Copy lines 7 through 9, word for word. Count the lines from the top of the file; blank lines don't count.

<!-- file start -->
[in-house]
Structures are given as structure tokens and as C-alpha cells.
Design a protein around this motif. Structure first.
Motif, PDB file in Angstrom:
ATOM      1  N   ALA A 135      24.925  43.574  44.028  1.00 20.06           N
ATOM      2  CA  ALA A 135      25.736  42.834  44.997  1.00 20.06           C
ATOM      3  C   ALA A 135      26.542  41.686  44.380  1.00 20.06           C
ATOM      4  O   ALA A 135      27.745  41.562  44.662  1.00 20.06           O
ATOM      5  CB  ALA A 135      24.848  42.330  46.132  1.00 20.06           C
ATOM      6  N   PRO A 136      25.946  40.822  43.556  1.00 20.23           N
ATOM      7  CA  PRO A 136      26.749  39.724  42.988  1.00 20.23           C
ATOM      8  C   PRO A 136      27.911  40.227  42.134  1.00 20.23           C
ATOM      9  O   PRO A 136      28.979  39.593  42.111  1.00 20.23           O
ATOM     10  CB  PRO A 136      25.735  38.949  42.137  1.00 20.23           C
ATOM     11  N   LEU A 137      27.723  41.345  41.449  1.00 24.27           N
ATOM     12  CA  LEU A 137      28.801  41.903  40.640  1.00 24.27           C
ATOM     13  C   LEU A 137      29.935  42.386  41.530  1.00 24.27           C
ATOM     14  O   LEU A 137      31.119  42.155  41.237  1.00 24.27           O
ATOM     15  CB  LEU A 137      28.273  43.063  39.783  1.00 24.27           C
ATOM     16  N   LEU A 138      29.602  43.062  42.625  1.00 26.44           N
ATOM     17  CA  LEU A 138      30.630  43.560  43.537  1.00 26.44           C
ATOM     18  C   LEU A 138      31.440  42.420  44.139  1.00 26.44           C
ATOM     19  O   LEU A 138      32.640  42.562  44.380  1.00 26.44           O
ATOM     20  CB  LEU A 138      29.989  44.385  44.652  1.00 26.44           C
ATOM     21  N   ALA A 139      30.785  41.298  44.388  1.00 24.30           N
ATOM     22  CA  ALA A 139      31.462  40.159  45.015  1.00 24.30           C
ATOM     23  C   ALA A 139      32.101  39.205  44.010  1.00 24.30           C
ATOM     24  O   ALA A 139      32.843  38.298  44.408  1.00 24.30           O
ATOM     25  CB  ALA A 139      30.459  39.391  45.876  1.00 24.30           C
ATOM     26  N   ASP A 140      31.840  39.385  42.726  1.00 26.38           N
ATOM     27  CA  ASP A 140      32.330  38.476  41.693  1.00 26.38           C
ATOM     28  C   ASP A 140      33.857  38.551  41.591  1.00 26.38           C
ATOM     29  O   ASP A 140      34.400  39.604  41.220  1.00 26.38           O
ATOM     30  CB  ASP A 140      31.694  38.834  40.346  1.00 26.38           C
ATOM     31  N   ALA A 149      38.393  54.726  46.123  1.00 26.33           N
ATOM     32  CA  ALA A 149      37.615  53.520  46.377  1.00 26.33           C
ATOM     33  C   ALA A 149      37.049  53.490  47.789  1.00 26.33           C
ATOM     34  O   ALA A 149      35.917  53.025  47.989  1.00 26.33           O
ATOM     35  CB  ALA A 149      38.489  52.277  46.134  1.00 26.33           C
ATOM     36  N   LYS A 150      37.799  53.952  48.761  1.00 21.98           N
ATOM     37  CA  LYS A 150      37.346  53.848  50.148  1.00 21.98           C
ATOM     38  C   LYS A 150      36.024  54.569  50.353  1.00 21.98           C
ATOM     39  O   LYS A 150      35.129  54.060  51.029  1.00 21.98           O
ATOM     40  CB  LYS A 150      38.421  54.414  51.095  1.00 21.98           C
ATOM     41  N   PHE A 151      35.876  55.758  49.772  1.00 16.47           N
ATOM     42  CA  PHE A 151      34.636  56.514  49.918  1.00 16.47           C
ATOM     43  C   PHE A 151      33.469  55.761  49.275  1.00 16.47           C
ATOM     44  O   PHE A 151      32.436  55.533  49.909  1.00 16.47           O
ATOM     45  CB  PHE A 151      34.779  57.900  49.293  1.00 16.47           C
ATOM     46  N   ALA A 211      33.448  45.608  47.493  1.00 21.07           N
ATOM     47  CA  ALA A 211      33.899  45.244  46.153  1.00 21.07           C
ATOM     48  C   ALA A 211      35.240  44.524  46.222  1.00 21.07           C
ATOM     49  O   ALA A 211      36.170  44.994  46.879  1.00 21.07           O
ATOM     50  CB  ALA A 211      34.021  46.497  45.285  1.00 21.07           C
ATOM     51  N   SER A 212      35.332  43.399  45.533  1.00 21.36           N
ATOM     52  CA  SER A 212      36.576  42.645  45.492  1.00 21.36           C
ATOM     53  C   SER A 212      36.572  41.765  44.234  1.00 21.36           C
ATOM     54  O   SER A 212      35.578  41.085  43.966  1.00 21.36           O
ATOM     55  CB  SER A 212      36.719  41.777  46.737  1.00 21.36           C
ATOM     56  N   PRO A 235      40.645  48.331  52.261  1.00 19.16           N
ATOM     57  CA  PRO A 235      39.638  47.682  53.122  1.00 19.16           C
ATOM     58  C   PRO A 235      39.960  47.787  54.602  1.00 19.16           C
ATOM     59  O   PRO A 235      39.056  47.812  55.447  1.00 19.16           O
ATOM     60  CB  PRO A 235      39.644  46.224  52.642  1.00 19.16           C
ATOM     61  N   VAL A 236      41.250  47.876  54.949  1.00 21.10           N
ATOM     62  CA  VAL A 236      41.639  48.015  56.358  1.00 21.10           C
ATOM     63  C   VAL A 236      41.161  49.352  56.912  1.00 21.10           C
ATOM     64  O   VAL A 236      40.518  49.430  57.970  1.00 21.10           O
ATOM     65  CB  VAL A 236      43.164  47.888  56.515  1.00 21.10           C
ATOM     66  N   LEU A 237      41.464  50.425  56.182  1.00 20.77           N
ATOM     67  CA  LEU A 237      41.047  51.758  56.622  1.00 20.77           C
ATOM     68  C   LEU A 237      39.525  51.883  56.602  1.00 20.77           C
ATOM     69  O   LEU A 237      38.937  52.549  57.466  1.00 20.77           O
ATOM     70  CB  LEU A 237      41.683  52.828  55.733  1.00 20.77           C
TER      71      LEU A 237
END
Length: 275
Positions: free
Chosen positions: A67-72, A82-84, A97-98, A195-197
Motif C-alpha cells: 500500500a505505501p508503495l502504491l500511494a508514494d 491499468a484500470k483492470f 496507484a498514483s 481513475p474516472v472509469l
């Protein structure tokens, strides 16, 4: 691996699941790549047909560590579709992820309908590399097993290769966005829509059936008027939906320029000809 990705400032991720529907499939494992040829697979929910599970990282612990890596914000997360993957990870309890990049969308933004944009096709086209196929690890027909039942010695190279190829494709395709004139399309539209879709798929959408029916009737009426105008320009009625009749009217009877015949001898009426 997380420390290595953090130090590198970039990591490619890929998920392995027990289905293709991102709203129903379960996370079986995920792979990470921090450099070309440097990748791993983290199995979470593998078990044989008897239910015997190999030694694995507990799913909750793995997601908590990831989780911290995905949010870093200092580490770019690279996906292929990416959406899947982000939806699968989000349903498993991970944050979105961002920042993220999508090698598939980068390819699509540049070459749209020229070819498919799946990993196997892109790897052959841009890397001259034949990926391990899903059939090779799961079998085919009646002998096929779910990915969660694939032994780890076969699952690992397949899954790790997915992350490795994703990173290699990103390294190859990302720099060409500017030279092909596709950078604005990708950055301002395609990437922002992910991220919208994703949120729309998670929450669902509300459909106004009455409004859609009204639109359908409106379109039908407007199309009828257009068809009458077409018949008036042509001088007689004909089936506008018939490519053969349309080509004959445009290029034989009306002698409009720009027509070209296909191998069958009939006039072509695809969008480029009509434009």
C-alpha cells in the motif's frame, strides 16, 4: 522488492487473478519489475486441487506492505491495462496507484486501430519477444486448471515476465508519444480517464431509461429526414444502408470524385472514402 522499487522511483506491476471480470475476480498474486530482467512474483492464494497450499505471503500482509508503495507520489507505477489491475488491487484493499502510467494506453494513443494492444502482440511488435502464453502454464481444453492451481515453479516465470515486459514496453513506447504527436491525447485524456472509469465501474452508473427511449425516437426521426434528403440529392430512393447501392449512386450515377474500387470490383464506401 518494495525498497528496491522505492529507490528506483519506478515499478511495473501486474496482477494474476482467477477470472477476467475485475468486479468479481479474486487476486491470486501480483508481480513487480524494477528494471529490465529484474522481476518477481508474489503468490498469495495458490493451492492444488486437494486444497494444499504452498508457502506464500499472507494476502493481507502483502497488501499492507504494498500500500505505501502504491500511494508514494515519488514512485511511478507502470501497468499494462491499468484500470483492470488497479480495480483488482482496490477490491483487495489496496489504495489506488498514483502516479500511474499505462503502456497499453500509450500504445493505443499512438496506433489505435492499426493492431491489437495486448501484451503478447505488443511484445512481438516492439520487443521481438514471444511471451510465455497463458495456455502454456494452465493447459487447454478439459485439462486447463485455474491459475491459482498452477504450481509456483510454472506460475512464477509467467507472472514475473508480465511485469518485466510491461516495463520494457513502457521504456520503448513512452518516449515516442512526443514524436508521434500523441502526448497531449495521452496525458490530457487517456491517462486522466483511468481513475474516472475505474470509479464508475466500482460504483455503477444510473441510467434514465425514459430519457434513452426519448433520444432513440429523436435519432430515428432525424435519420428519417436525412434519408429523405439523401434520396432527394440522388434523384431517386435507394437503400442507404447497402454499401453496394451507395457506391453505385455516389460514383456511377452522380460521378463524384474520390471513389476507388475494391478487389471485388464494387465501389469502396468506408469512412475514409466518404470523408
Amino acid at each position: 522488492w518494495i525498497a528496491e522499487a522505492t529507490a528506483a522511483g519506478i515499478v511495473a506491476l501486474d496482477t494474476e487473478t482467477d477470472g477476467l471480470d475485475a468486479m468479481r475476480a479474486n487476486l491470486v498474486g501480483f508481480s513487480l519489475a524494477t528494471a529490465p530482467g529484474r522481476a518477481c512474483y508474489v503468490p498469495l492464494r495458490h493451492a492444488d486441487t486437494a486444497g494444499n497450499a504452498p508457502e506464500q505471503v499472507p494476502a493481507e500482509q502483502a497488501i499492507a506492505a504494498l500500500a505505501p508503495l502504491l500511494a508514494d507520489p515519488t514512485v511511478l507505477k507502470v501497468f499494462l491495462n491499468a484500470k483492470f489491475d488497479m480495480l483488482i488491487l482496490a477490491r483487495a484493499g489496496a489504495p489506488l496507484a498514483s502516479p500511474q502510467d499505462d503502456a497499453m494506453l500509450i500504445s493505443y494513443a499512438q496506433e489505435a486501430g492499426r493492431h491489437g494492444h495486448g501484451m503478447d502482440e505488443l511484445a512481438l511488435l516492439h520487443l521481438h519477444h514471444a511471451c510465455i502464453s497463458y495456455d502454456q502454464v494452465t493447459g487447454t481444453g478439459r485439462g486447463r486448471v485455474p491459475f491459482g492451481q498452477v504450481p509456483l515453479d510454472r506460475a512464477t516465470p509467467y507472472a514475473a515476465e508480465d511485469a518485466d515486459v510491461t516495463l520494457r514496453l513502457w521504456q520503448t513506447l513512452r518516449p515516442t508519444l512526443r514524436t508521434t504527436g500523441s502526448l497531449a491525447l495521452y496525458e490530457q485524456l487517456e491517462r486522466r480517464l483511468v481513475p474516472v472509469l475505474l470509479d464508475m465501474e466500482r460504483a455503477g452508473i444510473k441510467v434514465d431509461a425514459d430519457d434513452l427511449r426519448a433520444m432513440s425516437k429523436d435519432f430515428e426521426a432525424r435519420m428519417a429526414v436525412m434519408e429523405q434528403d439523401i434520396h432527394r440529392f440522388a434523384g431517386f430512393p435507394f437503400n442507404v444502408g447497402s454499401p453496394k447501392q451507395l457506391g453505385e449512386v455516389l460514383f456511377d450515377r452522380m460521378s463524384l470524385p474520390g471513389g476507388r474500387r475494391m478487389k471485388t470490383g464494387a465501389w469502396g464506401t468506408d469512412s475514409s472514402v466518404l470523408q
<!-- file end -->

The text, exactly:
ATOM      3  C   ALA A 135      26.542  41.686  44.380  1.00 20.06           C
ATOM      4  O   ALA A 135      27.745  41.562  44.662  1.00 20.06           O
ATOM      5  CB  ALA A 135      24.848  42.330  46.132  1.00 20.06           C